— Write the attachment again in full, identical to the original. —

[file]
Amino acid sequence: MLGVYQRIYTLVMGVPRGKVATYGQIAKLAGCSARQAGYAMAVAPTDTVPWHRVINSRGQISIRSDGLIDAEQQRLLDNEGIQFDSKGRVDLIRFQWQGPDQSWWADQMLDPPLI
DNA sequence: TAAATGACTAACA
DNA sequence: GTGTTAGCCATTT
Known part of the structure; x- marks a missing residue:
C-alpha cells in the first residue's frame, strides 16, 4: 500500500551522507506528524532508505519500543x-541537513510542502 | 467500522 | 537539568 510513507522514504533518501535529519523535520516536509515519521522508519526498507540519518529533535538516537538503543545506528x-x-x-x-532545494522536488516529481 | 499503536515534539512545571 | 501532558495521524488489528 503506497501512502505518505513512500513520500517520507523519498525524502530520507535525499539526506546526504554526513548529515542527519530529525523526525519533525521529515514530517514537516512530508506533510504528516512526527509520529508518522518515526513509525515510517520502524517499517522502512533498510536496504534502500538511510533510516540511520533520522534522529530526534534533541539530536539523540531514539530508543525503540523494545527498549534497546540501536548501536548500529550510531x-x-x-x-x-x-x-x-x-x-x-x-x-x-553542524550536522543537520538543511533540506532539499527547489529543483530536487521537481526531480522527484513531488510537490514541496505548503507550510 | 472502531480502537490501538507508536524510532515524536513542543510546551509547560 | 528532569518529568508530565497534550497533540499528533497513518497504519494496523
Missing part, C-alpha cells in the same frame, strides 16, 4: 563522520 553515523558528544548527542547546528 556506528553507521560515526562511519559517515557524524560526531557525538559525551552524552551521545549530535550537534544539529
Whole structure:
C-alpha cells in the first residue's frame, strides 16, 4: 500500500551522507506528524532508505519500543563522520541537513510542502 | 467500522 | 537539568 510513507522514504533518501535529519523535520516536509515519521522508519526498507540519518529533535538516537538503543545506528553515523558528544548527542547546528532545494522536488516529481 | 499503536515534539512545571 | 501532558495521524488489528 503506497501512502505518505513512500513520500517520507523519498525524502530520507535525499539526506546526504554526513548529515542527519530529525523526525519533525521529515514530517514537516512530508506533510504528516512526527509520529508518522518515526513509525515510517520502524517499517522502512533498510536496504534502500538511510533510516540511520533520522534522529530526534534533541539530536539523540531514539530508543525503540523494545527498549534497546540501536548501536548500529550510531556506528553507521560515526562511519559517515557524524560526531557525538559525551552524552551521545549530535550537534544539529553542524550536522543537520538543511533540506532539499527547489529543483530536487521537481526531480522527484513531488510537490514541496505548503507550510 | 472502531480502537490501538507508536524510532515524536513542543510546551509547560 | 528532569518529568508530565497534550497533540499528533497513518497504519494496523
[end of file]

Amino acid sequence: MLGVYQRIYTLVMGVPRGKVATYGQIAKLAGCSARQAGYAMAVAPTDTVPWHRVINSRGQISIRSDGLIDAEQQRLLDNEGIQFDSKGRVDLIRFQWQGPDQSWWADQMLDPPLI
DNA sequence: TAAATGACTAACA
DNA sequence: GTGTTAGCCATTT
Known part of the structure; x- marks a missing residue:
C-alpha cells in the first residue's frame, strides 16, 4: 500500500551522507506528524532508505519500543x-541537513510542502 | 467500522 | 537539568 510513507522514504533518501535529519523535520516536509515519521522508519526498507540519518529533535538516537538503543545506528x-x-x-x-532545494522536488516529481 | 499503536515534539512545571 | 501532558495521524488489528 503506497501512502505518505513512500513520500517520507523519498525524502530520507535525499539526506546526504554526513548529515542527519530529525523526525519533525521529515514530517514537516512530508506533510504528516512526527509520529508518522518515526513509525515510517520502524517499517522502512533498510536496504534502500538511510533510516540511520533520522534522529530526534534533541539530536539523540531514539530508543525503540523494545527498549534497546540501536548501536548500529550510531x-x-x-x-x-x-x-x-x-x-x-x-x-x-553542524550536522543537520538543511533540506532539499527547489529543483530536487521537481526531480522527484513531488510537490514541496505548503507550510 | 472502531480502537490501538507508536524510532515524536513542543510546551509547560 | 528532569518529568508530565497534550497533540499528533497513518497504519494496523
Missing part, C-alpha cells in the same frame, strides 16, 4: 563522520 553515523558528544548527542547546528 556506528553507521560515526562511519559517515557524524560526531557525538559525551552524552551521545549530535550537534544539529
Whole structure:
C-alpha cells in the first residue's frame, strides 16, 4: 500500500551522507506528524532508505519500543563522520541537513510542502 | 467500522 | 537539568 510513507522514504533518501535529519523535520516536509515519521522508519526498507540519518529533535538516537538503543545506528553515523558528544548527542547546528532545494522536488516529481 | 499503536515534539512545571 | 501532558495521524488489528 503506497501512502505518505513512500513520500517520507523519498525524502530520507535525499539526506546526504554526513548529515542527519530529525523526525519533525521529515514530517514537516512530508506533510504528516512526527509520529508518522518515526513509525515510517520502524517499517522502512533498510536496504534502500538511510533510516540511520533520522534522529530526534534533541539530536539523540531514539530508543525503540523494545527498549534497546540501536548501536548500529550510531556506528553507521560515526562511519559517515557524524560526531557525538559525551552524552551521545549530535550537534544539529553542524550536522543537520538543511533540506532539499527547489529543483530536487521537481526531480522527484513531488510537490514541496505548503507550510 | 472502531480502537490501538507508536524510532515524536513542543510546551509547560 | 528532569518529568508530565497534550497533540499528533497513518497504519494496523